The only rain the Yampa Valley has seen in weeks had uncanny timing because it obviously knew when the Jackpot Barrel race was going run.
Huddled under her oil skin coat, Robin White recorded times, in her fleece jacket Wendy McKee announced the riders and those on horseback looked as though they were more prepared for a mid-November day rather than a summer evening.
The thick clothing worn by those in attendance didn't muffle the yells of encouragement or coaching at the weekly barrel race.
"Our numbers are a little down today, most likely because of the weather," said White, who is one of the race organizers. "But, it's still a pretty good showing all thing considered."
The Tuesday night tradition of barrel racing at the Moffat County Fairgrounds has roots all the way back to the 1960s, according to show organizers or so they believe.
The barrel race has been held for so long now that not even the show's organizers are sure when it originated.
The racers know where to get their arena time, though.
The time that the races are run at the outdoor arena is actually slotted for the roping club, but the space is donated by the roping club for the Jackpot barrel racers.
"Sometimes we have to plead with the ropers, or give them a wink to get the arena," said McKee, who is also a race organizer. "But, we haven't missed a Tuesday yet."
Jackpot Barrels is actually a race series, which starts at the beginning of May and will run through the end of August or until someone kicks them off, according to McKee.
Anyone with a horse and the $13 entry fee is allowed to race, and they are given the opportunity to win their money back, and possibly more. The race isn't titled Jackpot for nothing.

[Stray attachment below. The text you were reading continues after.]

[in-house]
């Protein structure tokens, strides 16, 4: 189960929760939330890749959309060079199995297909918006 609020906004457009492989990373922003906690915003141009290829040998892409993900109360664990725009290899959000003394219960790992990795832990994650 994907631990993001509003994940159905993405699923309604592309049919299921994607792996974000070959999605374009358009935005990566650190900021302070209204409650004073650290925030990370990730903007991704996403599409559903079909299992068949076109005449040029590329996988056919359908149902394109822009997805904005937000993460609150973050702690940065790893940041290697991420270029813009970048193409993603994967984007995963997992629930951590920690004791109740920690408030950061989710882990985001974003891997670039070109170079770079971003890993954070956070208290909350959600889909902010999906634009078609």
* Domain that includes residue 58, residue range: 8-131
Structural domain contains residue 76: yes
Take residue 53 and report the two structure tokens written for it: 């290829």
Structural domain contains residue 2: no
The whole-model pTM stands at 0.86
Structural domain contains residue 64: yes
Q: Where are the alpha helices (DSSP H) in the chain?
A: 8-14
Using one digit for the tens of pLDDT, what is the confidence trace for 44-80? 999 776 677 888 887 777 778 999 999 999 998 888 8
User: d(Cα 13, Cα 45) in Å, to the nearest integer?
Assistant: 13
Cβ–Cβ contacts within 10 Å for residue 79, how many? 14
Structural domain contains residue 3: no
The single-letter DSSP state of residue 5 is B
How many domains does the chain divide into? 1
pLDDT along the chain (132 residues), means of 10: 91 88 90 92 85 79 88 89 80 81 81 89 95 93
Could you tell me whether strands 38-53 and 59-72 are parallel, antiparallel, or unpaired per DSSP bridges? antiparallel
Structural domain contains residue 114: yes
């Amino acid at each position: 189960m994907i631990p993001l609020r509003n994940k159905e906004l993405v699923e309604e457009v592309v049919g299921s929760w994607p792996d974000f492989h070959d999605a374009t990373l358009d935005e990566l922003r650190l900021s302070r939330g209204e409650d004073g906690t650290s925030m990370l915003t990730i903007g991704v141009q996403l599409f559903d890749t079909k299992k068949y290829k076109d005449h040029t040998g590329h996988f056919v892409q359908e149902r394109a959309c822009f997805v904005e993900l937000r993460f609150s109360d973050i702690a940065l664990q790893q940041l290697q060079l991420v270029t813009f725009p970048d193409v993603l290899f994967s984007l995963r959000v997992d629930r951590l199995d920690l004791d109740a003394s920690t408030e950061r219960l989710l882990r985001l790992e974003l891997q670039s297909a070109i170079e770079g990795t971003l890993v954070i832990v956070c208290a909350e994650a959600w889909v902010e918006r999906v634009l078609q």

To keep things fair, a handicap is employed. A half-second and a second are added to a rider's time, and compared with set times in three different divisions.
If the handicap time is lower than the set time in a division, and the rider finishes first, the rider walks away with money.
The money awarded is usually around $30, but as much as $90 has been doled out in the past.
"The handicap is there so that a dominant rider doesn't come in every week and take the purse," White said. "The system is a little complicated, but it works well to give everyone a chance to win some money."
Points are kept throughout the series, and at the end of the year awards are given away to the highest point leaders. Unlike the monetary prizes that are awared at the weekly races, the year-end prize is usually something of rodeo significance, such as a horse blanket or jacket.
Monetary gain and year-end prizes aren't the real draw of Jackpot Barrels. Instead, it's the practice that brings riders in, and with the amount of young cowgirls at the race, it is understandable why Moffat County is the home of Little Britches World Champions and National High School Rodeo qualifiers.
"We get some older people out here, but it is mainly the younger girls who turnout," White said. "It is a terrific chance for girls to work their horse out once a week, get a little competition in and keep sharp for upcoming rodeos."